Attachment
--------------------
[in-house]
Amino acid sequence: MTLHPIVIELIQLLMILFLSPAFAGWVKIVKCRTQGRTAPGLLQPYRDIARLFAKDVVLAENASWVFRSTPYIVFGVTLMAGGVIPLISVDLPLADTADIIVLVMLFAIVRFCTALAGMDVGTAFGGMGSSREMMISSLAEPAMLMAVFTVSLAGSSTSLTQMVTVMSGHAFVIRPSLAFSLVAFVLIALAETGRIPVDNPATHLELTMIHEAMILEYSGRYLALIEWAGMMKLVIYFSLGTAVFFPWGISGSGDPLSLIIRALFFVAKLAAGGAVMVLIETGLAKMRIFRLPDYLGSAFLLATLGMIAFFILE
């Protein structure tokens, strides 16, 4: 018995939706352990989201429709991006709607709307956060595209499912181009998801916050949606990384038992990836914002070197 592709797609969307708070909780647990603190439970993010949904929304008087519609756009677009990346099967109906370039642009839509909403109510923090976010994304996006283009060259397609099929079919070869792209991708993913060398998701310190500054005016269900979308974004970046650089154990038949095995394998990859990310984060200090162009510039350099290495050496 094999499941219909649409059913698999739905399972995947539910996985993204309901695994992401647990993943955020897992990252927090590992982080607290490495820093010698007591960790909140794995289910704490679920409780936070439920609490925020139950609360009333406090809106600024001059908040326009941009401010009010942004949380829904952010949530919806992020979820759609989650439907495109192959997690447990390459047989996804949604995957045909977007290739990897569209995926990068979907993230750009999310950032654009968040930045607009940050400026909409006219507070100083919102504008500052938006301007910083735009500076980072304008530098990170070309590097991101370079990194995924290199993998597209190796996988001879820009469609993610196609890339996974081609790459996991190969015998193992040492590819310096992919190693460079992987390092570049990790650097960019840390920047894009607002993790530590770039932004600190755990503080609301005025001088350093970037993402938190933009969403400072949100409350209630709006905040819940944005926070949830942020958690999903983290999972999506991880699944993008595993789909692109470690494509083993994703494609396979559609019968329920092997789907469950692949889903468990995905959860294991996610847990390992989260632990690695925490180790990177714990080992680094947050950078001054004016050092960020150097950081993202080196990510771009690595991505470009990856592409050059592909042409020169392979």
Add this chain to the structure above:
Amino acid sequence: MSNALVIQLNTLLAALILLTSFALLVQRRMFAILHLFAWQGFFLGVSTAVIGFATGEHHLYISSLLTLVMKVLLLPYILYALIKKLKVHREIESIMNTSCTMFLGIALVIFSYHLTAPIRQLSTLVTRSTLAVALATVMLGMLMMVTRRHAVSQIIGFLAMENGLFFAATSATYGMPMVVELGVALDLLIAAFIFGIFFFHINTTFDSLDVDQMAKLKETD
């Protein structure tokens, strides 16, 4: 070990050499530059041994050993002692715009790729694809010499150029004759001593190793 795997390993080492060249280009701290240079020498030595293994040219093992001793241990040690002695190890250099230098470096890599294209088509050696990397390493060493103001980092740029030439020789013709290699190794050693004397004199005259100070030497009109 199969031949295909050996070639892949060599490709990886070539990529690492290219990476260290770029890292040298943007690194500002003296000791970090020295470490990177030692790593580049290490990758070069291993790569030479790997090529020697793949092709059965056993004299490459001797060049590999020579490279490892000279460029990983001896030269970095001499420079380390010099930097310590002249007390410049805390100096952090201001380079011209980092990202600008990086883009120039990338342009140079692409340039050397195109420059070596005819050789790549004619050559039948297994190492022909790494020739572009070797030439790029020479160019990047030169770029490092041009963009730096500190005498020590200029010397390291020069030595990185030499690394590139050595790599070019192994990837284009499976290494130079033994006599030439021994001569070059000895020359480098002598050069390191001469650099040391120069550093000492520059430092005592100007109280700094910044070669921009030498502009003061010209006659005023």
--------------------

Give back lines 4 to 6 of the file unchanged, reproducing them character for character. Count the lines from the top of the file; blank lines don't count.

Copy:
Add this chain to the structure above:
Amino acid sequence: MSNALVIQLNTLLAALILLTSFALLVQRRMFAILHLFAWQGFFLGVSTAVIGFATGEHHLYISSLLTLVMKVLLLPYILYALIKKLKVHREIESIMNTSCTMFLGIALVIFSYHLTAPIRQLSTLVTRSTLAVALATVMLGMLMMVTRRHAVSQIIGFLAMENGLFFAATSATYGMPMVVELGVALDLLIAAFIFGIFFFHINTTFDSLDVDQMAKLKETD
């Protein structure tokens, strides 16, 4: 070990050499530059041994050993002692715009790729694809010499150029004759001593190793 795997390993080492060249280009701290240079020498030595293994040219093992001793241990040690002695190890250099230098470096890599294209088509050696990397390493060493103001980092740029030439020789013709290699190794050693004397004199005259100070030497009109 199969031949295909050996070639892949060599490709990886070539990529690492290219990476260290770029890292040298943007690194500002003296000791970090020295470490990177030692790593580049290490990758070069291993790569030479790997090529020697793949092709059965056993004299490459001797060049590999020579490279490892000279460029990983001896030269970095001499420079380390010099930097310590002249007390410049805390100096952090201001380079011209980092990202600008990086883009120039990338342009140079692409340039050397195109420059070596005819050789790549004619050559039948297994190492022909790494020739572009070797030439790029020479160019990047030169770029490092041009963009730096500190005498020590200029010397390291020069030595990185030499690394590139050595790599070019192994990837284009499976290494130079033994006599030439021994001569070059000895020359480098002598050069390191001469650099040391120069550093000492520059430092005592100007109280700094910044070669921009030498502009003061010209006659005023």